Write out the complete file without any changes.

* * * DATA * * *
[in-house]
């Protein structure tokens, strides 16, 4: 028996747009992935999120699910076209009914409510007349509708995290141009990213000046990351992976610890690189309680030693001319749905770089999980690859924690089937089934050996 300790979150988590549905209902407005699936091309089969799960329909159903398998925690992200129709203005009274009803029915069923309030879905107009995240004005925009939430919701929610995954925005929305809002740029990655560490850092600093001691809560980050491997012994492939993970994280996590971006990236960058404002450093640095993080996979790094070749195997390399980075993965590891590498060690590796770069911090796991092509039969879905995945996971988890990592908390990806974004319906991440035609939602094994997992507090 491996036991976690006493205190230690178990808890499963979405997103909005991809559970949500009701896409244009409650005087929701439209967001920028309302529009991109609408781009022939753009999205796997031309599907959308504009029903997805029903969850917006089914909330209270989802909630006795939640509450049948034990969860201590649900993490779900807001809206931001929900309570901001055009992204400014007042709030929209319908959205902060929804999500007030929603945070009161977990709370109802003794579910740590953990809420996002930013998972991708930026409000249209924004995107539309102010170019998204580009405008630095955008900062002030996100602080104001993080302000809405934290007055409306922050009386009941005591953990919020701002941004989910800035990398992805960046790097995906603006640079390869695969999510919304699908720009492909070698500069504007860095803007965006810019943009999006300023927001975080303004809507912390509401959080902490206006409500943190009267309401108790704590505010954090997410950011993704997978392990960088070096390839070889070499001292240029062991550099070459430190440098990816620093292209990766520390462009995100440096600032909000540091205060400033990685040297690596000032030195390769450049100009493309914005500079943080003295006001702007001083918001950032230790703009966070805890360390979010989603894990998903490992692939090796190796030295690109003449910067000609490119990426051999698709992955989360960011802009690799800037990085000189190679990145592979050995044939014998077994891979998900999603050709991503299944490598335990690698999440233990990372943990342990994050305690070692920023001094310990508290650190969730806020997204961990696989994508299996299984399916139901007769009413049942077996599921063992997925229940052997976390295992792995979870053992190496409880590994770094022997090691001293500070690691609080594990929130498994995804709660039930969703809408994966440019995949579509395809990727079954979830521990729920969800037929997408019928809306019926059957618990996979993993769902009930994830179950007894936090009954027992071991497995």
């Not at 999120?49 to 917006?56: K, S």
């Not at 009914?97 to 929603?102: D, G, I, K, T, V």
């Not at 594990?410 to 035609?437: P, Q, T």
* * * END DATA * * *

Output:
[in-house]
């Protein structure tokens, strides 16, 4: 028996747009992935999120699910076209009914409510007349509708995290141009990213000046990351992976610890690189309680030693001319749905770089999980690859924690089937089934050996 300790979150988590549905209902407005699936091309089969799960329909159903398998925690992200129709203005009274009803029915069923309030879905107009995240004005925009939430919701929610995954925005929305809002740029990655560490850092600093001691809560980050491997012994492939993970994280996590971006990236960058404002450093640095993080996979790094070749195997390399980075993965590891590498060690590796770069911090796991092509039969879905995945996971988890990592908390990806974004319906991440035609939602094994997992507090 491996036991976690006493205190230690178990808890499963979405997103909005991809559970949500009701896409244009409650005087929701439209967001920028309302529009991109609408781009022939753009999205796997031309599907959308504009029903997805029903969850917006089914909330209270989802909630006795939640509450049948034990969860201590649900993490779900807001809206931001929900309570901001055009992204400014007042709030929209319908959205902060929804999500007030929603945070009161977990709370109802003794579910740590953990809420996002930013998972991708930026409000249209924004995107539309102010170019998204580009405008630095955008900062002030996100602080104001993080302000809405934290007055409306922050009386009941005591953990919020701002941004989910800035990398992805960046790097995906603006640079390869695969999510919304699908720009492909070698500069504007860095803007965006810019943009999006300023927001975080303004809507912390509401959080902490206006409500943190009267309401108790704590505010954090997410950011993704997978392990960088070096390839070889070499001292240029062991550099070459430190440098990816620093292209990766520390462009995100440096600032909000540091205060400033990685040297690596000032030195390769450049100009493309914005500079943080003295006001702007001083918001950032230790703009966070805890360390979010989603894990998903490992692939090796190796030295690109003449910067000609490119990426051999698709992955989360960011802009690799800037990085000189190679990145592979050995044939014998077994891979998900999603050709991503299944490598335990690698999440233990990372943990342990994050305690070692920023001094310990508290650190969730806020997204961990696989994508299996299984399916139901007769009413049942077996599921063992997925229940052997976390295992792995979870053992190496409880590994770094022997090691001293500070690691609080594990929130498994995804709660039930969703809408994966440019995949579509395809990727079954979830521990729920969800037929997408019928809306019926059957618990996979993993769902009930994830179950007894936090009954027992071991497995």
């Not at 999120?49 to 917006?56: K, S």
């Not at 009914?97 to 929603?102: D, G, I, K, T, V």
């Not at 594990?410 to 035609?437: P, Q, T």